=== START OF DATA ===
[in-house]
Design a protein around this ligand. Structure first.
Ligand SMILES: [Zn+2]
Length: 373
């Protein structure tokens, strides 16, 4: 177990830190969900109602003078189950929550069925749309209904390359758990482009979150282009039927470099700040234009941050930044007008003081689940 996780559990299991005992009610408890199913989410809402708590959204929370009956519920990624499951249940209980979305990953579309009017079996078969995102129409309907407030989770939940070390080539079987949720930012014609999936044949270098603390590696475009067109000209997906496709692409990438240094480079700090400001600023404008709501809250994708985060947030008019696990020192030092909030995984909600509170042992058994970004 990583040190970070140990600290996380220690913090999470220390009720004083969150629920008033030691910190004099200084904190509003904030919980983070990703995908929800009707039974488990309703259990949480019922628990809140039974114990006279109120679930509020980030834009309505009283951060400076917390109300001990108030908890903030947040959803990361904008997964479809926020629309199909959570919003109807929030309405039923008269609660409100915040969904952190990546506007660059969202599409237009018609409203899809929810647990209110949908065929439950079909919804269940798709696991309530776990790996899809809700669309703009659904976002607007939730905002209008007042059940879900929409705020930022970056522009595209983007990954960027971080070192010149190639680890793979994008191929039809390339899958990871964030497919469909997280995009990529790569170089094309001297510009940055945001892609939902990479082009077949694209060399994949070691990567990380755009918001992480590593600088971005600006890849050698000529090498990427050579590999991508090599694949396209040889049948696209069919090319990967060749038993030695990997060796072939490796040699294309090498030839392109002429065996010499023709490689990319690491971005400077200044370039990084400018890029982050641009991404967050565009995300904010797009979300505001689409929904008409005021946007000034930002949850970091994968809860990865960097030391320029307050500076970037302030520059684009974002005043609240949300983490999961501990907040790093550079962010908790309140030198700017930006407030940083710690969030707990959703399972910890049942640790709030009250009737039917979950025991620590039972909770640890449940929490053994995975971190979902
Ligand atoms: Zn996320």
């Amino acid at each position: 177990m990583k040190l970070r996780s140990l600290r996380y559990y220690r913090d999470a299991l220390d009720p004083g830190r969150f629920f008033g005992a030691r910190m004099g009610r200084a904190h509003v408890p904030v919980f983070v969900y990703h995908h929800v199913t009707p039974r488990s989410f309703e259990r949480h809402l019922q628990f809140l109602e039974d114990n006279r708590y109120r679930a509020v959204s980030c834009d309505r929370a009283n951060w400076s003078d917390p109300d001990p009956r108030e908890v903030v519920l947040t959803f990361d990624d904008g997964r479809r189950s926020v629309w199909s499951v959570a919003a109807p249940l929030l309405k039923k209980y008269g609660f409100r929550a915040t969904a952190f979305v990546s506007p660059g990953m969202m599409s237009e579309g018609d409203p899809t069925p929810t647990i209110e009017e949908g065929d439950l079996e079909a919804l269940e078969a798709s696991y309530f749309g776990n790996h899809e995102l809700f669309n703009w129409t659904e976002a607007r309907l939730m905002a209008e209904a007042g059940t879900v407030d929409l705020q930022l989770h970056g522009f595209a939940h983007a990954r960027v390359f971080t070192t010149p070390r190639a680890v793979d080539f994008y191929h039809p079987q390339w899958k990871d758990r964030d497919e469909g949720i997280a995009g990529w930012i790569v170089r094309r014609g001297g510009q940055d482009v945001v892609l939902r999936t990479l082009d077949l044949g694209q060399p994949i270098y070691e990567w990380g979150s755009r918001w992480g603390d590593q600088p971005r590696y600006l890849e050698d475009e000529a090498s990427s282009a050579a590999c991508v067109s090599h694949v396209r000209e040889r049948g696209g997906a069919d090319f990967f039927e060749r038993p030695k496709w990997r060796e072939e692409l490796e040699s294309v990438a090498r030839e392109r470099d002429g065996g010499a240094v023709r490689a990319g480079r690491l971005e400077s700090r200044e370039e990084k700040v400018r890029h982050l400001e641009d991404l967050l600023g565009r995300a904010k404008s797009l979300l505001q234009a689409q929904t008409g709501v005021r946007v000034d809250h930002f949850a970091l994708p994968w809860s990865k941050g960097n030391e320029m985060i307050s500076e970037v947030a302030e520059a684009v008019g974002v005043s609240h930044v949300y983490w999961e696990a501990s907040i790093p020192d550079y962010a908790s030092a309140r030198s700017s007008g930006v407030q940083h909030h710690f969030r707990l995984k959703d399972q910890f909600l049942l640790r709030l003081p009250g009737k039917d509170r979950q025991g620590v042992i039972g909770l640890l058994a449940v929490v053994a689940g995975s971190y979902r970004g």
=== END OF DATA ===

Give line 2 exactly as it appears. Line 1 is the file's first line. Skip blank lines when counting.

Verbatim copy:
Design a protein around this ligand. Structure first.